When Napoleon annexed large portions of Italy beginning in 1804, he also initiated the process of keeping civil records. These records do not exist in areas where the Emperor did not rule. After his defeat in 1815, many areas discontinue civil registration. Italian civil registration began again officially as Italy became a unified country in 1860; however, in some areas it did not start until 1866. By law, the original record was kept by the municipality (comune), and a copy was sent to the courthouse (tribunale). This collection of civil registration is housed at several provincial archives (Tribunale).
Why the Record Was Created
The civil registration recording was implemented by the government to record the vital events of births, marriages, marriage banns, and deaths occurring in the life of the area’s citizens.
The civil registration records are an excellent source of accurate data on names, dates, and places for genealogical research in Caserta. However, before 1860, when civil registration became law for the entire country, it is suggested to research the church records.
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Citing FamilySearch Historical Collections
A suggested format for keeping track of records that you have searched is found in the Wiki Article: How to Cite FamilySearch Collections.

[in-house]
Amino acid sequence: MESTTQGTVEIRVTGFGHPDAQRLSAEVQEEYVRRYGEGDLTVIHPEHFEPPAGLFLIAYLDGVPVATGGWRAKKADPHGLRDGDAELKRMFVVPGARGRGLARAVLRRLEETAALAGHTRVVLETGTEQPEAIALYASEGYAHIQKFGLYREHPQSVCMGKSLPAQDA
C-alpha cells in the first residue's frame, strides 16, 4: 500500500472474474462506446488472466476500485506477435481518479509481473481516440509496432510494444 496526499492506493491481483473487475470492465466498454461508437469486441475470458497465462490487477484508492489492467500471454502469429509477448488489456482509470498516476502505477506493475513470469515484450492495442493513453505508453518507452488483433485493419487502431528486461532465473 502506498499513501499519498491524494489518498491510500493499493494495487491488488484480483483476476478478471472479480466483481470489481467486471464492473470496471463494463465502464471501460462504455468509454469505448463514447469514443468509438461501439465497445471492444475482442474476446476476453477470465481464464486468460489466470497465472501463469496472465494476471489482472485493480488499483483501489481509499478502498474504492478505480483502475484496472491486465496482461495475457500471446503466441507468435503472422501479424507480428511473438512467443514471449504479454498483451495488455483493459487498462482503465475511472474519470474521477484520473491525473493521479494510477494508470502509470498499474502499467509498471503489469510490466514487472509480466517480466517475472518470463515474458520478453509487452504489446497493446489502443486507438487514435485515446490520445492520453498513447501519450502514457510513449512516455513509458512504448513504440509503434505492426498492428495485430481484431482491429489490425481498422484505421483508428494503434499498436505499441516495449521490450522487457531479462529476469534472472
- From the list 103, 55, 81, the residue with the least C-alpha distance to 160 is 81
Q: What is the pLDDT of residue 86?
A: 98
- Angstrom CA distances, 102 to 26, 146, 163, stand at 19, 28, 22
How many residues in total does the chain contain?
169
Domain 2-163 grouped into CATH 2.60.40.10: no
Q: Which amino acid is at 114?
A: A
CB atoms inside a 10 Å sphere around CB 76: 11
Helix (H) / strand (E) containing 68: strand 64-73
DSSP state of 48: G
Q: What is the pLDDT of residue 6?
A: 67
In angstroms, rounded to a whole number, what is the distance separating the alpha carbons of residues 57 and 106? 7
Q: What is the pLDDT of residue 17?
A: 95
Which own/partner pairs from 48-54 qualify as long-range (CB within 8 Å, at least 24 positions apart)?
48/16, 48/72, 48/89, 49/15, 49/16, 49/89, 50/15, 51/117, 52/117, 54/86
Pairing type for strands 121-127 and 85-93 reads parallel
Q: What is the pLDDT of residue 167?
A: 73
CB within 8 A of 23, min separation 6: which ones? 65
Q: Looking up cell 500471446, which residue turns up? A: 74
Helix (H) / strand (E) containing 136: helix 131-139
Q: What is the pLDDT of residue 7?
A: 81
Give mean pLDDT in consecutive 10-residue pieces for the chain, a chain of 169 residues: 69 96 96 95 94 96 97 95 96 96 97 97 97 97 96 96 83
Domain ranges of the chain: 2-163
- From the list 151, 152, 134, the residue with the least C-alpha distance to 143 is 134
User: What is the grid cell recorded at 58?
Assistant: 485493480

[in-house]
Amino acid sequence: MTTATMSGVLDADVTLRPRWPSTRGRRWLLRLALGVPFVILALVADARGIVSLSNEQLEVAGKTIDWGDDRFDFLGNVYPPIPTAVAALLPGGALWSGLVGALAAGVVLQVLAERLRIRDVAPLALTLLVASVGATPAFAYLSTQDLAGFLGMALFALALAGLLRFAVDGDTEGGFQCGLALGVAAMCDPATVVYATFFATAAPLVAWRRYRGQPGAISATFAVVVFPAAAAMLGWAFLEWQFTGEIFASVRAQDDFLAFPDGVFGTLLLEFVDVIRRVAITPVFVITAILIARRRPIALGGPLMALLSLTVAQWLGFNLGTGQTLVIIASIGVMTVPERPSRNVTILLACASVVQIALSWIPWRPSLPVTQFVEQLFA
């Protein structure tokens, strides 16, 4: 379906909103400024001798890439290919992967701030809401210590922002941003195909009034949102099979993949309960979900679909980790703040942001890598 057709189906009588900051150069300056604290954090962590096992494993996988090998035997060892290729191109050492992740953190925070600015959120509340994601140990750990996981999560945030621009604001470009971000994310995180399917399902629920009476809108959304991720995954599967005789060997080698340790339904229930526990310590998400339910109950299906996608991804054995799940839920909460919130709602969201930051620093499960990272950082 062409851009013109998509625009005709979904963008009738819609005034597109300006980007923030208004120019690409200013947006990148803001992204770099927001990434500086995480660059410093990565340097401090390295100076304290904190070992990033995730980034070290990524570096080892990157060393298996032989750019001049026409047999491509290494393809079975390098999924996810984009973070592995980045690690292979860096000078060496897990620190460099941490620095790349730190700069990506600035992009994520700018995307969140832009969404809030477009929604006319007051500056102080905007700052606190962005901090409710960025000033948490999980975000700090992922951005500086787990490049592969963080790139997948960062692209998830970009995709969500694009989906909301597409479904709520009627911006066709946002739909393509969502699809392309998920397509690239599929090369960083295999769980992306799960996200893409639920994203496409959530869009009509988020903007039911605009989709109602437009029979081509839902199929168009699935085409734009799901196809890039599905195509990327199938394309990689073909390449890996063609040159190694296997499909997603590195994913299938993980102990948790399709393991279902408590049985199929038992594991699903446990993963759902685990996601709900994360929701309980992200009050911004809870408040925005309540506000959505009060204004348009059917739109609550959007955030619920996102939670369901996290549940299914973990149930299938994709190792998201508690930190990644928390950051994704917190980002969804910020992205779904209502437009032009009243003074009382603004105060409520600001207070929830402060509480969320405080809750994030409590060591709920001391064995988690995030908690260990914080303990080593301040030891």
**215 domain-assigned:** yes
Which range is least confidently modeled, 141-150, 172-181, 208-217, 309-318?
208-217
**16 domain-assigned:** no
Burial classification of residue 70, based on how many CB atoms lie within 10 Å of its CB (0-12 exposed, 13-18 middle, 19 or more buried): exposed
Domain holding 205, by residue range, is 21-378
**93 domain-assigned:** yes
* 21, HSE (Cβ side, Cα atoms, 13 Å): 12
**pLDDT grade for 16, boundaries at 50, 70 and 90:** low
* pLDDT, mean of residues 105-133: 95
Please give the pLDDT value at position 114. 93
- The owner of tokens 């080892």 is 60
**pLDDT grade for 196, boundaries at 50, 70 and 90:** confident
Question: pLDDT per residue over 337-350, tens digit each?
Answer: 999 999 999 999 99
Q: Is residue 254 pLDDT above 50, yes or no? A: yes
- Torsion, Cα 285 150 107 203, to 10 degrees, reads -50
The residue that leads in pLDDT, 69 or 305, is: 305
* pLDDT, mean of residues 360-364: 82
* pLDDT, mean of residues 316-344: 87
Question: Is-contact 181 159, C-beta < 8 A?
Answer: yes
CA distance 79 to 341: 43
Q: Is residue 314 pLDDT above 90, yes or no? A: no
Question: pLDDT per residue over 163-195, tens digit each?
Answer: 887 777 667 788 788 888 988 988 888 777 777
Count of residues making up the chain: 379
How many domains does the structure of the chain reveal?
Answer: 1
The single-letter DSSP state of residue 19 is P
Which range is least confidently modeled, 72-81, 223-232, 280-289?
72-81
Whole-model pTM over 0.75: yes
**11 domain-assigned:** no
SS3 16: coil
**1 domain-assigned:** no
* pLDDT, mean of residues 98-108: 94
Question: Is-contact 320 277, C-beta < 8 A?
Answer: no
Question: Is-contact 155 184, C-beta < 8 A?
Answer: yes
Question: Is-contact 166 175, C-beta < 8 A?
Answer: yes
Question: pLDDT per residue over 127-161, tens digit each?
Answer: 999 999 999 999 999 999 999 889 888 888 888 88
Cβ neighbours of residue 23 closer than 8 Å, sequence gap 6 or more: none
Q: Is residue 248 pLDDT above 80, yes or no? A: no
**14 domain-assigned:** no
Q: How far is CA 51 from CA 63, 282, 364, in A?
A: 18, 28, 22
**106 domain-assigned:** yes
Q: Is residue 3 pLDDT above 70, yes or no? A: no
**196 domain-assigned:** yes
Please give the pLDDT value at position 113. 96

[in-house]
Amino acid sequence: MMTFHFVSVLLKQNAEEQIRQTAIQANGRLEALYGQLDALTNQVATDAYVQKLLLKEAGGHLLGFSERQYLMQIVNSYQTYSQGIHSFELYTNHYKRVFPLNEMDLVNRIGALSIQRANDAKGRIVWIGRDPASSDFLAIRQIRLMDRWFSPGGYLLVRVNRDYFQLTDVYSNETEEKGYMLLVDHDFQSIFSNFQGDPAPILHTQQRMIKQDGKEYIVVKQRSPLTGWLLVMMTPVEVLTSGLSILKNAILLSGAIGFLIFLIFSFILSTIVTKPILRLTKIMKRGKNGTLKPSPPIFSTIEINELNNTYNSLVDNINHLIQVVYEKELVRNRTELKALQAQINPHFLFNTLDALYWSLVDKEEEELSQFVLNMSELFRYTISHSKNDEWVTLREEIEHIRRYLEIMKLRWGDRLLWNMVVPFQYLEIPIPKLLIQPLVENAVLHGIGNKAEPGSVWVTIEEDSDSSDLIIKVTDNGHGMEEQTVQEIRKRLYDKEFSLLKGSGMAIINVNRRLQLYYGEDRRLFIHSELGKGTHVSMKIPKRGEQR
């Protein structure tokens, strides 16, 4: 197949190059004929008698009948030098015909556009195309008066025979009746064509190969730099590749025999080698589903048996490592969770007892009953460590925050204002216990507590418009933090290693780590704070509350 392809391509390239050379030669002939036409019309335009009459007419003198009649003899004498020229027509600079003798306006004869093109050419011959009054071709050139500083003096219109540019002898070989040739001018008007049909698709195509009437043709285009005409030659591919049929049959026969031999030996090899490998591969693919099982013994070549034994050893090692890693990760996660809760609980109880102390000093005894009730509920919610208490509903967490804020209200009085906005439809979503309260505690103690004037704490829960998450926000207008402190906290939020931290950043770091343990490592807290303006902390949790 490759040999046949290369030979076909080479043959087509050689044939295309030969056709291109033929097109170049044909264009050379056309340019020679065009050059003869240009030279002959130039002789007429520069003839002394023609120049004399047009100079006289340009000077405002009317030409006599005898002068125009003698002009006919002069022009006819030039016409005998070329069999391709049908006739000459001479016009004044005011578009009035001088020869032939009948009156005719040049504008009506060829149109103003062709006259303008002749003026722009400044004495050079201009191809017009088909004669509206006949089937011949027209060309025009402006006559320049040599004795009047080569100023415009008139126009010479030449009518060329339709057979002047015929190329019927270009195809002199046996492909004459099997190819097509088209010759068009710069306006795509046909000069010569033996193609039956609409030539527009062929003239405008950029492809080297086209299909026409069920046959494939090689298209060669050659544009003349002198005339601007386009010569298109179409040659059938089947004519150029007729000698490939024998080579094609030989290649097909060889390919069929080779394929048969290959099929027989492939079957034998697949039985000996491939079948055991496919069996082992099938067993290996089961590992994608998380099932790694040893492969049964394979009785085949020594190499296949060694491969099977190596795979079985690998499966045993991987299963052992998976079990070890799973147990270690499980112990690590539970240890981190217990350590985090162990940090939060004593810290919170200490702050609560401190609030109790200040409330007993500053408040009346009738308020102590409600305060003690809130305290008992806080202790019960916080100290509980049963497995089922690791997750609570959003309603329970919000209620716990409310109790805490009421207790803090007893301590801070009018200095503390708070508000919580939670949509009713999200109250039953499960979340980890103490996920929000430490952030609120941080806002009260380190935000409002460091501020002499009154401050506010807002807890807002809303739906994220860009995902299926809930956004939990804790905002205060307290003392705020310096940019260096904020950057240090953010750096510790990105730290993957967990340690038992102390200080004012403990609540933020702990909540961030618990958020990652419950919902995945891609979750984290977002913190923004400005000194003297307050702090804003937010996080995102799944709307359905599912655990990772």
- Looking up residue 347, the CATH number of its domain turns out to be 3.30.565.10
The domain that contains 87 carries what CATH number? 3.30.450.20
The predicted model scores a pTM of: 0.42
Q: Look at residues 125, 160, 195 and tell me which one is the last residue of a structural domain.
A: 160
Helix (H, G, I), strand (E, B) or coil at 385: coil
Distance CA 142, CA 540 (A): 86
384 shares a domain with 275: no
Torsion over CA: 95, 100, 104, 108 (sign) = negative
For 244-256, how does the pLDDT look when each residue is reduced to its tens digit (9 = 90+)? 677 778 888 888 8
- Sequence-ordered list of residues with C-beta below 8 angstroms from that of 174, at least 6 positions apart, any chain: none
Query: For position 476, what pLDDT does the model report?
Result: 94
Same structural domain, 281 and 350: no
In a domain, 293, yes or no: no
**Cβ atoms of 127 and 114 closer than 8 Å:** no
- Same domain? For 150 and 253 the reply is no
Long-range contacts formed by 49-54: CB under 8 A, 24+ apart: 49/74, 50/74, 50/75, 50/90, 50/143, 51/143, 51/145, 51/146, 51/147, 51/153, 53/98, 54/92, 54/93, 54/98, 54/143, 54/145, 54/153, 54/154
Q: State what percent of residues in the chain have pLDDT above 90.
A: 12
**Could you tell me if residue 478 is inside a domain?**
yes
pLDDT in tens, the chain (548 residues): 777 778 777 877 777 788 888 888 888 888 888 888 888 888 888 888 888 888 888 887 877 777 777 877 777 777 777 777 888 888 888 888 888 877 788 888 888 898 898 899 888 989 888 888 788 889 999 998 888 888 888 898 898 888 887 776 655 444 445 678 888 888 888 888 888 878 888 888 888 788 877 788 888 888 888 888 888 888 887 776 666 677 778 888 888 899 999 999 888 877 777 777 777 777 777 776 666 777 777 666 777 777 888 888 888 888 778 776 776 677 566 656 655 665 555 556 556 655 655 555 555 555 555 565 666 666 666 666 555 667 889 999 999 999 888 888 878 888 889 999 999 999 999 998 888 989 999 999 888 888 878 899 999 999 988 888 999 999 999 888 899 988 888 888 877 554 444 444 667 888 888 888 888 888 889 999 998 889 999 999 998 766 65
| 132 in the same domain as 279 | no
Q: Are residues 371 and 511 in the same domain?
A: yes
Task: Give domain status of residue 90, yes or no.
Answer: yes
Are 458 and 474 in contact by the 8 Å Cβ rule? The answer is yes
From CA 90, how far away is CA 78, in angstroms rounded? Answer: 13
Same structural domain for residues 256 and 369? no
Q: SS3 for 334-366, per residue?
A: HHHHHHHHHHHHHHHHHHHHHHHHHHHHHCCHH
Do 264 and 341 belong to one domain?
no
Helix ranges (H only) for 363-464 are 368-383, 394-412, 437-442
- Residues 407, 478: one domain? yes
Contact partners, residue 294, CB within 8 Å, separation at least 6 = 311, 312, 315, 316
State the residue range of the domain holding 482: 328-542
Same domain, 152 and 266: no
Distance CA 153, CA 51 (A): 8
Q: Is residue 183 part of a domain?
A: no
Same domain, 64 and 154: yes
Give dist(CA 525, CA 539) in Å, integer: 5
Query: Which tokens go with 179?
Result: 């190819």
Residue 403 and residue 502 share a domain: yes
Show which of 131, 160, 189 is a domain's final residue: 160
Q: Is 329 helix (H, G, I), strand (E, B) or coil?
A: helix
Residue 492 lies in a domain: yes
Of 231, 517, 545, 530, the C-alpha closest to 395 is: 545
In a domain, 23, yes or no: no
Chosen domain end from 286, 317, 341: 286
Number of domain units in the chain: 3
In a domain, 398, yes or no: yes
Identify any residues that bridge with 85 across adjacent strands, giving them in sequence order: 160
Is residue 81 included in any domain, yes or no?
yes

Please add sample citations to this article following the format guidelines in the wiki article listed above.
Examples of Source Citations for a Record in This Collection:
"Italy, Civil Registration, 1805-1940." index and images, FamilySearch (https://www.familysearch.org: accessed 22 April 2011). entry for Pietro Antonio De Lutis, died 8 May 1933; citing Civil Registrations, digital folder 4,404,467 image 00,103; Tribunale di Rovigo, Italy. Registri dello stato civile di Rovigo.
Sources of Information for This Collection
Italy. Cagliari civil registration offices. Civil Registration, 1805-1940. FHL Microfilm, Salt Lake City, UT. Family History Library.
The suggested format for citing FamilySearch Historical Collections is found in the following article: How to Create Source Citations For FamilySearch Historical Records Collections.
- This page was last modified on 9 September 2011, at 19:17.